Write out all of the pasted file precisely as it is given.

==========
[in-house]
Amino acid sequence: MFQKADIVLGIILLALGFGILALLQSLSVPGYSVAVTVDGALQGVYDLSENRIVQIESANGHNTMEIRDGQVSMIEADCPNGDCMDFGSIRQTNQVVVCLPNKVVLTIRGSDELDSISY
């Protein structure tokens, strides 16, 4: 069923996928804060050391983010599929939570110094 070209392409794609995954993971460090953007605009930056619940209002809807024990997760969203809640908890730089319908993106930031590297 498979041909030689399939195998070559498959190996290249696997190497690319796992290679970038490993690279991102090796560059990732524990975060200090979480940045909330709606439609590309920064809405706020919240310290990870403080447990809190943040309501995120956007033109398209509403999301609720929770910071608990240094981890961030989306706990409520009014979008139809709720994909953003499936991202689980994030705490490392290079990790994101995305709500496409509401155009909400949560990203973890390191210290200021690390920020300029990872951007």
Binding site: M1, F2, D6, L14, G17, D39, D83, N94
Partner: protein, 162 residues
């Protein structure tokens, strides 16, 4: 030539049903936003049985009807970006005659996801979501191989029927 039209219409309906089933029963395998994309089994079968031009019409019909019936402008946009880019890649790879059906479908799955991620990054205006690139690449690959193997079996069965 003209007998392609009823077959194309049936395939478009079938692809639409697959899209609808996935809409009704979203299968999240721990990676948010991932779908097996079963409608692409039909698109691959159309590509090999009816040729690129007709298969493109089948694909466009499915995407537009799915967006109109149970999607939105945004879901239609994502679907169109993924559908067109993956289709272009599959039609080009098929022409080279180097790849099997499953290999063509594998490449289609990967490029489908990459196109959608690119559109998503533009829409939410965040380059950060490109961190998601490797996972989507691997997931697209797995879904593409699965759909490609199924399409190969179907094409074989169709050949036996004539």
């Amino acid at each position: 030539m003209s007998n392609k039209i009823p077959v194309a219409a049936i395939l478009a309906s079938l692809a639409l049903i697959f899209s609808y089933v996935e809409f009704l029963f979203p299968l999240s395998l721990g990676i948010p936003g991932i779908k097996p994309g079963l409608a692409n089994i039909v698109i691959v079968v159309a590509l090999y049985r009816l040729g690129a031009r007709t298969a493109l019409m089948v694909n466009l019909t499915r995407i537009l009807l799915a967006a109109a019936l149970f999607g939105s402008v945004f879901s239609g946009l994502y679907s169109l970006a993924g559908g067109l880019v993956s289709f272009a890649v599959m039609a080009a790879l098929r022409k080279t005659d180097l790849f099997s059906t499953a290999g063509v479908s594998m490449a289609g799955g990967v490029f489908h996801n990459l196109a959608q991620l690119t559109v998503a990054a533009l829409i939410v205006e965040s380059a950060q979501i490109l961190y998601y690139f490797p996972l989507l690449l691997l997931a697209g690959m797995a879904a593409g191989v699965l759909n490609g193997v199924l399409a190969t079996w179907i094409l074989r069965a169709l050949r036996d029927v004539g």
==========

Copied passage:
[in-house]
Amino acid sequence: MFQKADIVLGIILLALGFGILALLQSLSVPGYSVAVTVDGALQGVYDLSENRIVQIESANGHNTMEIRDGQVSMIEADCPNGDCMDFGSIRQTNQVVVCLPNKVVLTIRGSDELDSISY
């Protein structure tokens, strides 16, 4: 069923996928804060050391983010599929939570110094 070209392409794609995954993971460090953007605009930056619940209002809807024990997760969203809640908890730089319908993106930031590297 498979041909030689399939195998070559498959190996290249696997190497690319796992290679970038490993690279991102090796560059990732524990975060200090979480940045909330709606439609590309920064809405706020919240310290990870403080447990809190943040309501995120956007033109398209509403999301609720929770910071608990240094981890961030989306706990409520009014979008139809709720994909953003499936991202689980994030705490490392290079990790994101995305709500496409509401155009909400949560990203973890390191210290200021690390920020300029990872951007």
Binding site: M1, F2, D6, L14, G17, D39, D83, N94
Partner: protein, 162 residues
């Protein structure tokens, strides 16, 4: 030539049903936003049985009807970006005659996801979501191989029927 039209219409309906089933029963395998994309089994079968031009019409019909019936402008946009880019890649790879059906479908799955991620990054205006690139690449690959193997079996069965 003209007998392609009823077959194309049936395939478009079938692809639409697959899209609808996935809409009704979203299968999240721990990676948010991932779908097996079963409608692409039909698109691959159309590509090999009816040729690129007709298969493109089948694909466009499915995407537009799915967006109109149970999607939105945004879901239609994502679907169109993924559908067109993956289709272009599959039609080009098929022409080279180097790849099997499953290999063509594998490449289609990967490029489908990459196109959608690119559109998503533009829409939410965040380059950060490109961190998601490797996972989507691997997931697209797995879904593409699965759909490609199924399409190969179907094409074989169709050949036996004539």
């Amino acid at each position: 030539m003209s007998n392609k039209i009823p077959v194309a219409a049936i395939l478009a309906s079938l692809a639409l049903i697959f899209s609808y089933v996935e809409f009704l029963f979203p299968l999240s395998l721990g990676i948010p936003g991932i779908k097996p994309g079963l409608a692409n089994i039909v698109i691959v079968v159309a590509l090999y049985r009816l040729g690129a031009r007709t298969a493109l019409m089948v694909n466009l019909t499915r995407i537009l009807l799915a967006a109109a019936l149970f999607g939105s402008v945004f879901s239609g946009l994502y679907s169109l970006a993924g559908g067109l880019v993956s289709f272009a890649v599959m039609a080009a790879l098929r022409k080279t005659d180097l790849f099997s059906t499953a290999g063509v479908s594998m490449a289609g799955g990967v490029f489908h996801n990459l196109a959608q991620l690119t559109v998503a990054a533009l829409i939410v205006e965040s380059a950060q979501i490109l961190y998601y690139f490797p996972l989507l690449l691997l997931a697209g690959m797995a879904a593409g191989v699965l759909n490609g193997v199924l399409a190969t079996w179907i094409l074989r069965a169709l050949r036996d029927v004539g």